Rites of passage form an essential part of the rituals of life. Adolescence, movement from school to university, the birth and baptism of a child, marriage, a crisis in health, the death of a loved one are occasions on which the big questions of life surface. Clergy and key lay people must be open to enabling these occasions to be opportunities for exploration, commitment and a deepening of faith. Confirmation is one such ritual.

In confirmation, commitment to Christ is personally affirmed and the candidates are confirmed by the laying on of hands by a bishop with prayer for the strengthening of the Holy Spirit. Those confirmed are commissioned for mature discipleship and ministry to the world.

Confirmation should be viewed as an important and necessary part of Christian formation towards full discipleship, and is explained in A Prayer Book for Australia.

Christians should be willing to confess their faith publicly (Romans 10:9-13). Those baptised as infants need to profess for themselves the faith into which they have been baptised. The Anglican tradition provides for this in confirmation, in which a person affirms and renews those promises, and receives the strengthening of the Holy Spirit through Prayer and the laying on of the bishop’s hand.

( APBA p94)


The Christian understanding of marriage is the exclusive life-long union of a man and a woman in body, mind, and spirit.

Scripture points to God’s gift of marriage to humanity from the beginning of creation. Its purpose is to enrich the two who are called to share this covenant relationship, to provide a stable and secure setting for the procreation and gift of children, and to be the corner-stone of society for the responsible ordering of family life and for the well being of all. Marriage reflects sacramentally the union between Christ and the church, and the Church administers Holy Matrimony within its ministry of redemption, proclaiming the Lordship of Christ.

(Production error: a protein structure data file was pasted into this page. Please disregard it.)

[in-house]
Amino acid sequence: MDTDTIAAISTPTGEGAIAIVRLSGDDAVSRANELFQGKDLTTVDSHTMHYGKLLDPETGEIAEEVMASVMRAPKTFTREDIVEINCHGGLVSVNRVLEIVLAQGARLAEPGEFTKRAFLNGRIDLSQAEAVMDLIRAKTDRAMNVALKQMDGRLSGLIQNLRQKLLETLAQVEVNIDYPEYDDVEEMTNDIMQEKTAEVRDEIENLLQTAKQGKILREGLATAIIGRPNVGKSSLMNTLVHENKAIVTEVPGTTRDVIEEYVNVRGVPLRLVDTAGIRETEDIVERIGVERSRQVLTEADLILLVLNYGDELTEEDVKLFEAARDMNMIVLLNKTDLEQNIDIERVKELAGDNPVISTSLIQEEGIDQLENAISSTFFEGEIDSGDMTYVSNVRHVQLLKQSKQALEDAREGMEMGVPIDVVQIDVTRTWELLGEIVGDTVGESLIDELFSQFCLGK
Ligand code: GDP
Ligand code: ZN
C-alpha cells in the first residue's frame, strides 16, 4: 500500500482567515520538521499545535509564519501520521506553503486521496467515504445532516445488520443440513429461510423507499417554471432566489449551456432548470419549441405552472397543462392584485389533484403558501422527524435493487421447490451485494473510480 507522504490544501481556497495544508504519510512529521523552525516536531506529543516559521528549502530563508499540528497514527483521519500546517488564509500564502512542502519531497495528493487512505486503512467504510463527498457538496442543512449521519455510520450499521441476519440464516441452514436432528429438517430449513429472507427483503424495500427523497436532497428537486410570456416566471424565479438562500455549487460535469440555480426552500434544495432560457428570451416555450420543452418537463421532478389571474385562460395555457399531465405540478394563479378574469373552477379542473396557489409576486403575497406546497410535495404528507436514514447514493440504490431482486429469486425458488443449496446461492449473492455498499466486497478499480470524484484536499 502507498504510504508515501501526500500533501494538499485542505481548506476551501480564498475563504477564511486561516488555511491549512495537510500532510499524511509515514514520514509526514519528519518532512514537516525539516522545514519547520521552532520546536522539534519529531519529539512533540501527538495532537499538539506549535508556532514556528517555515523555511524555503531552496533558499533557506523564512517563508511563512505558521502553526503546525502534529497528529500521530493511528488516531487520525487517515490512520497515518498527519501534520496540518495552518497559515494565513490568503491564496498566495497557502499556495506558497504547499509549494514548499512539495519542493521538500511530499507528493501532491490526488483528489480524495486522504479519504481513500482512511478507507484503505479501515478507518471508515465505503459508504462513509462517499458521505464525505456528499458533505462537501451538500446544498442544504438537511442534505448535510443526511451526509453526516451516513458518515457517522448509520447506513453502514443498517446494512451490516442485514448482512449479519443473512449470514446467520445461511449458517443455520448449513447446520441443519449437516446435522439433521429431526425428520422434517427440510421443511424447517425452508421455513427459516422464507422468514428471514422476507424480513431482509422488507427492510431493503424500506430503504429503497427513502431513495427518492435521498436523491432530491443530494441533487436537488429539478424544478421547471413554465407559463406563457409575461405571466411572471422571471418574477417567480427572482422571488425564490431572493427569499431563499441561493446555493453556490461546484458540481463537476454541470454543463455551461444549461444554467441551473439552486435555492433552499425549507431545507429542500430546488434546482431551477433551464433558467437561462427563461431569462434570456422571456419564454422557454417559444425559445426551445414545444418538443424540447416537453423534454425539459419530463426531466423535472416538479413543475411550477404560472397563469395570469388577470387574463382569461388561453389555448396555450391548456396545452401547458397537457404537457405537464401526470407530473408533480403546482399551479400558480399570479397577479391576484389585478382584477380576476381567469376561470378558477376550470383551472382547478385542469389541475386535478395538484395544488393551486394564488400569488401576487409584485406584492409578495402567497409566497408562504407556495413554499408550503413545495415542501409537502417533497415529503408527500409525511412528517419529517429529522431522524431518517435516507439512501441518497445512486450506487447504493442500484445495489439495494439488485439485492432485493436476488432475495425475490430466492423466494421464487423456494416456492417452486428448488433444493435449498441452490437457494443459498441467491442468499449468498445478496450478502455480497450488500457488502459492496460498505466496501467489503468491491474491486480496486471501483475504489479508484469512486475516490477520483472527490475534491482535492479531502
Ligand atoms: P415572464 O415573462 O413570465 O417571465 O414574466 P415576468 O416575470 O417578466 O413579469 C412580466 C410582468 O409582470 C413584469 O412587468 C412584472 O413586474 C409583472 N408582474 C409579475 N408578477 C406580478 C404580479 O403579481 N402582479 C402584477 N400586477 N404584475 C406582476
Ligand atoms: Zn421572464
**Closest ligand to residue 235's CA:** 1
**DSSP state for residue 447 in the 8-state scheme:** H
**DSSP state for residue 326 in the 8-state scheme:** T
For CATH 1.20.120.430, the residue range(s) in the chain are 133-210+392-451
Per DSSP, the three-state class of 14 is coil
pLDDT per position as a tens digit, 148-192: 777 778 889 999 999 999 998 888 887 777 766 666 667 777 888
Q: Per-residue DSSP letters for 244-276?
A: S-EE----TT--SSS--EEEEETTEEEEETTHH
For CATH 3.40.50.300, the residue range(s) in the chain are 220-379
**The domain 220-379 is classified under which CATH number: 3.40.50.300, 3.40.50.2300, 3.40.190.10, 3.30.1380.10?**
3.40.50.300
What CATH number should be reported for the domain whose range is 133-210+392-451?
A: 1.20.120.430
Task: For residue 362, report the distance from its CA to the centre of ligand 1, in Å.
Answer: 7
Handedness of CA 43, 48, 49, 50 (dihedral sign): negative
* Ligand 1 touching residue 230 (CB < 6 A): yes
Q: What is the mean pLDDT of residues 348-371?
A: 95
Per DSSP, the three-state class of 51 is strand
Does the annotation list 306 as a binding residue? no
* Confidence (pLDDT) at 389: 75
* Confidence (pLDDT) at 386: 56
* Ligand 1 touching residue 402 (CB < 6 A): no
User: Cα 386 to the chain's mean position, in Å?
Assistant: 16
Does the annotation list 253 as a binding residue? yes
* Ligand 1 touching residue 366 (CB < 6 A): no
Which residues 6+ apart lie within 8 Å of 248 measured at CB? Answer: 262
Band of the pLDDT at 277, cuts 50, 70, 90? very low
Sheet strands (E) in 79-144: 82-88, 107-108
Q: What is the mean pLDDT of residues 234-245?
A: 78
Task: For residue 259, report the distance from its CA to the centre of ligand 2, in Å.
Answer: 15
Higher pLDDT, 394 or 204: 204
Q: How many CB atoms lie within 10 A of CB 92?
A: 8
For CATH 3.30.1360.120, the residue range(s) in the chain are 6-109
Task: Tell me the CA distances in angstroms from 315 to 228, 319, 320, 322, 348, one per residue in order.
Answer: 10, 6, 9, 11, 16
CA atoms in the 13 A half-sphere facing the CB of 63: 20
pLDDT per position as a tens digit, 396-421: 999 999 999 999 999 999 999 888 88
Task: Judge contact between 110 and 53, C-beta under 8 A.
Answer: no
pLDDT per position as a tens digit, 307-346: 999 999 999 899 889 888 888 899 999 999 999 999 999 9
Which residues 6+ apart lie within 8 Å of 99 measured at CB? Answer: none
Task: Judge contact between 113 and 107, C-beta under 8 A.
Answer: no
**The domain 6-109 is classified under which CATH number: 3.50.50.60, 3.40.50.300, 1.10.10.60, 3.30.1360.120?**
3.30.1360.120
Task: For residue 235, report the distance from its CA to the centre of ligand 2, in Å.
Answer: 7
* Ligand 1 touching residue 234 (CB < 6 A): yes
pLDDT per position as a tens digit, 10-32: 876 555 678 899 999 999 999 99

Human beings have sensed the mystery of death, and the pain of grief, since time immemorial. Every society has developed rites to mark the passage from life through death, and to commemorate the dead. A funeral service is a rite by which we acknowledge the wounds of grief, acknowledging loss, giving thanks, making a last farewell and becoming captives to hope. A Christian funeral must proclaim resurrection hope found in the death and resurrection of Jesus even as the community faces the cold reality of death (paraphrased APBApage 711). The funeral should provide an important and valuable ritual response through which relatives and friends can express their deep feelings of grief and loss. The funeral usually comes at so early a stage in the grief process that acceptance of death has not always been realised. The funeral should be designed to help the process. The sure and certain hope of the Resurrection must be the proper context for the celebration of the funeral, but its proclamation must not be made in such a way that it is an evasion of grief.

Holy Communion/Eucharist/Lord’s Supper

The Holy Communion also called the Eucharist and the Lord’s Supper symbolises the new covenant given by God to his followers. The old covenant was the one given by God to Israel when he freed his people from slavery in Egypt.

The new sacrament symbolises freedom from the slavery of sin and the promise of eternal life. According to the Synpotic Gospels of Matthew, Mark and Luke, the Eucharist was instituted by Jesus, who said the following:

Then he took a loaf of bread, and when he had given thanks, he broke it and gave it to them, saying, ‘This is my body, which is given for you. Do this in remembrance of me.'(Luke 22.19)
Holy Communion in the Anglican tradition is a dominical sacrament ordained by Christ our Lord in the gospel. The Eucharist should be celebrated frequently and at convenient times (General Synod Holy Communion Canon 2001, Canon 10, 2001).

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